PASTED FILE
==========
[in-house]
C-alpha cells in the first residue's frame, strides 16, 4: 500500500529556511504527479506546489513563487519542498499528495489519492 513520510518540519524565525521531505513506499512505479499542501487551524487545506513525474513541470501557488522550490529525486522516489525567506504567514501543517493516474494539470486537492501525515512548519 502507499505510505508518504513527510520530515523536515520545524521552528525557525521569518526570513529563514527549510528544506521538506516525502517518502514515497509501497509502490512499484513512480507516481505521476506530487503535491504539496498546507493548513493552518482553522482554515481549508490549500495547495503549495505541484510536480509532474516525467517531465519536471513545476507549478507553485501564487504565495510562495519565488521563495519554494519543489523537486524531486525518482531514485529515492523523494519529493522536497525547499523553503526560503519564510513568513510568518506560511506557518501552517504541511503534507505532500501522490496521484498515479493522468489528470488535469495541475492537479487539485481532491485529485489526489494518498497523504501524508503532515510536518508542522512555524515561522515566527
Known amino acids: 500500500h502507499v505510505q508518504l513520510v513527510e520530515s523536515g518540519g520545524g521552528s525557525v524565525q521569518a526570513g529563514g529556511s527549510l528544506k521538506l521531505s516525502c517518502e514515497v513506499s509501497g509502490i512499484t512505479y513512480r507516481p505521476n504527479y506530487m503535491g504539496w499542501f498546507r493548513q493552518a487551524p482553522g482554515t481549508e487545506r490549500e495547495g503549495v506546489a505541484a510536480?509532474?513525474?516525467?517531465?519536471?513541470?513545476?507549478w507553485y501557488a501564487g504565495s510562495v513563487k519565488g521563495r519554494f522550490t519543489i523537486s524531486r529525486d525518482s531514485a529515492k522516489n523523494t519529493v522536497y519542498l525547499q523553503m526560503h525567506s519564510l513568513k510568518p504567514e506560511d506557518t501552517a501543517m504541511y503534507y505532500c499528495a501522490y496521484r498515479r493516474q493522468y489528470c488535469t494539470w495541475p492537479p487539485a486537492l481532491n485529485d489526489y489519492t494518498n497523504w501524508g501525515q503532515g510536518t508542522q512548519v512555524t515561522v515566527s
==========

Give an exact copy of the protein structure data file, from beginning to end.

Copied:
[in-house]
C-alpha cells in the first residue's frame, strides 16, 4: 500500500529556511504527479506546489513563487519542498499528495489519492 513520510518540519524565525521531505513506499512505479499542501487551524487545506513525474513541470501557488522550490529525486522516489525567506504567514501543517493516474494539470486537492501525515512548519 502507499505510505508518504513527510520530515523536515520545524521552528525557525521569518526570513529563514527549510528544506521538506516525502517518502514515497509501497509502490512499484513512480507516481505521476506530487503535491504539496498546507493548513493552518482553522482554515481549508490549500495547495503549495505541484510536480509532474516525467517531465519536471513545476507549478507553485501564487504565495510562495519565488521563495519554494519543489523537486524531486525518482531514485529515492523523494519529493522536497525547499523553503526560503519564510513568513510568518506560511506557518501552517504541511503534507505532500501522490496521484498515479493522468489528470488535469495541475492537479487539485481532491485529485489526489494518498497523504501524508503532515510536518508542522512555524515561522515566527
Known amino acids: 500500500h502507499v505510505q508518504l513520510v513527510e520530515s523536515g518540519g520545524g521552528s525557525v524565525q521569518a526570513g529563514g529556511s527549510l528544506k521538506l521531505s516525502c517518502e514515497v513506499s509501497g509502490i512499484t512505479y513512480r507516481p505521476n504527479y506530487m503535491g504539496w499542501f498546507r493548513q493552518a487551524p482553522g482554515t481549508e487545506r490549500e495547495g503549495v506546489a505541484a510536480?509532474?513525474?516525467?517531465?519536471?513541470?513545476?507549478w507553485y501557488a501564487g504565495s510562495v513563487k519565488g521563495r519554494f522550490t519543489i523537486s524531486r529525486d525518482s531514485a529515492k522516489n523523494t519529493v522536497y519542498l525547499q523553503m526560503h525567506s519564510l513568513k510568518p504567514e506560511d506557518t501552517a501543517m504541511y503534507y505532500c499528495a501522490y496521484r498515479r493516474q493522468y489528470c488535469t494539470w495541475p492537479p487539485a486537492l481532491n485529485d489526489y489519492t494518498n497523504w501524508g501525515q503532515g510536518t508542522q512548519v512555524t515561522v515566527s